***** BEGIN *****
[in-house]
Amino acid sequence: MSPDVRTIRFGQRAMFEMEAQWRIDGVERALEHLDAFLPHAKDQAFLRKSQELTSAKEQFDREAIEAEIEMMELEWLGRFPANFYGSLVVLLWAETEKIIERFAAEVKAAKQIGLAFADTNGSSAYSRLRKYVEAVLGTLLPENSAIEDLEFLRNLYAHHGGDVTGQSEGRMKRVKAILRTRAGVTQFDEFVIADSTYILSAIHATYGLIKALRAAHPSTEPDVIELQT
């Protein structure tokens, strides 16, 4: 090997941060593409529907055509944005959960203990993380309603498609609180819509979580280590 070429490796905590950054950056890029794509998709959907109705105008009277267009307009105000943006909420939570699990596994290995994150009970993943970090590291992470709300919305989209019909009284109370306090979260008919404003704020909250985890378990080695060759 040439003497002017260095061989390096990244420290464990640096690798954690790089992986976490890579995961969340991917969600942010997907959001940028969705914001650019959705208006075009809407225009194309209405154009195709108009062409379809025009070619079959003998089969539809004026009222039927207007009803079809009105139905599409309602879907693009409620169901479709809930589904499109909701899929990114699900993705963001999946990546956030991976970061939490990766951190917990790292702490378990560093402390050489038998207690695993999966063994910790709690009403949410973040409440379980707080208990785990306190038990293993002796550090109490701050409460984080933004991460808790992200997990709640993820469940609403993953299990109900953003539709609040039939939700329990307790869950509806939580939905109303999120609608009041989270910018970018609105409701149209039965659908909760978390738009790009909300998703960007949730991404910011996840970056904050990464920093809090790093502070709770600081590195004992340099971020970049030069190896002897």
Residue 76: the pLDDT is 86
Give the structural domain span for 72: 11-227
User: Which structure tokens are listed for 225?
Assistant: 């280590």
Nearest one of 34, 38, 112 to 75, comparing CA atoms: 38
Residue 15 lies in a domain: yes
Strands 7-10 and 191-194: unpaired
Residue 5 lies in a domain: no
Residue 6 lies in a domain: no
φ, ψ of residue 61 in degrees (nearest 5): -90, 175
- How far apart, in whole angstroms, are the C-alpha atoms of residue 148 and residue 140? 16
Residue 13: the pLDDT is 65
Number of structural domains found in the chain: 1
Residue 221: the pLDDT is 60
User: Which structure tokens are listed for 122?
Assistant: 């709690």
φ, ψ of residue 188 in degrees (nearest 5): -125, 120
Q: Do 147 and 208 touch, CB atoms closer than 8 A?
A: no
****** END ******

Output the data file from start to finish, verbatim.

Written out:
[in-house]
Amino acid sequence: MSPDVRTIRFGQRAMFEMEAQWRIDGVERALEHLDAFLPHAKDQAFLRKSQELTSAKEQFDREAIEAEIEMMELEWLGRFPANFYGSLVVLLWAETEKIIERFAAEVKAAKQIGLAFADTNGSSAYSRLRKYVEAVLGTLLPENSAIEDLEFLRNLYAHHGGDVTGQSEGRMKRVKAILRTRAGVTQFDEFVIADSTYILSAIHATYGLIKALRAAHPSTEPDVIELQT
């Protein structure tokens, strides 16, 4: 090997941060593409529907055509944005959960203990993380309603498609609180819509979580280590 070429490796905590950054950056890029794509998709959907109705105008009277267009307009105000943006909420939570699990596994290995994150009970993943970090590291992470709300919305989209019909009284109370306090979260008919404003704020909250985890378990080695060759 040439003497002017260095061989390096990244420290464990640096690798954690790089992986976490890579995961969340991917969600942010997907959001940028969705914001650019959705208006075009809407225009194309209405154009195709108009062409379809025009070619079959003998089969539809004026009222039927207007009803079809009105139905599409309602879907693009409620169901479709809930589904499109909701899929990114699900993705963001999946990546956030991976970061939490990766951190917990790292702490378990560093402390050489038998207690695993999966063994910790709690009403949410973040409440379980707080208990785990306190038990293993002796550090109490701050409460984080933004991460808790992200997990709640993820469940609403993953299990109900953003539709609040039939939700329990307790869950509806939580939905109303999120609608009041989270910018970018609105409701149209039965659908909760978390738009790009909300998703960007949730991404910011996840970056904050990464920093809090790093502070709770600081590195004992340099971020970049030069190896002897």
Residue 76: the pLDDT is 86
Give the structural domain span for 72: 11-227
User: Which structure tokens are listed for 225?
Assistant: 């280590």
Nearest one of 34, 38, 112 to 75, comparing CA atoms: 38
Residue 15 lies in a domain: yes
Strands 7-10 and 191-194: unpaired
Residue 5 lies in a domain: no
Residue 6 lies in a domain: no
φ, ψ of residue 61 in degrees (nearest 5): -90, 175
- How far apart, in whole angstroms, are the C-alpha atoms of residue 148 and residue 140? 16
Residue 13: the pLDDT is 65
Number of structural domains found in the chain: 1
Residue 221: the pLDDT is 60
User: Which structure tokens are listed for 122?
Assistant: 């709690």
φ, ψ of residue 188 in degrees (nearest 5): -125, 120
Q: Do 147 and 208 touch, CB atoms closer than 8 A?
A: no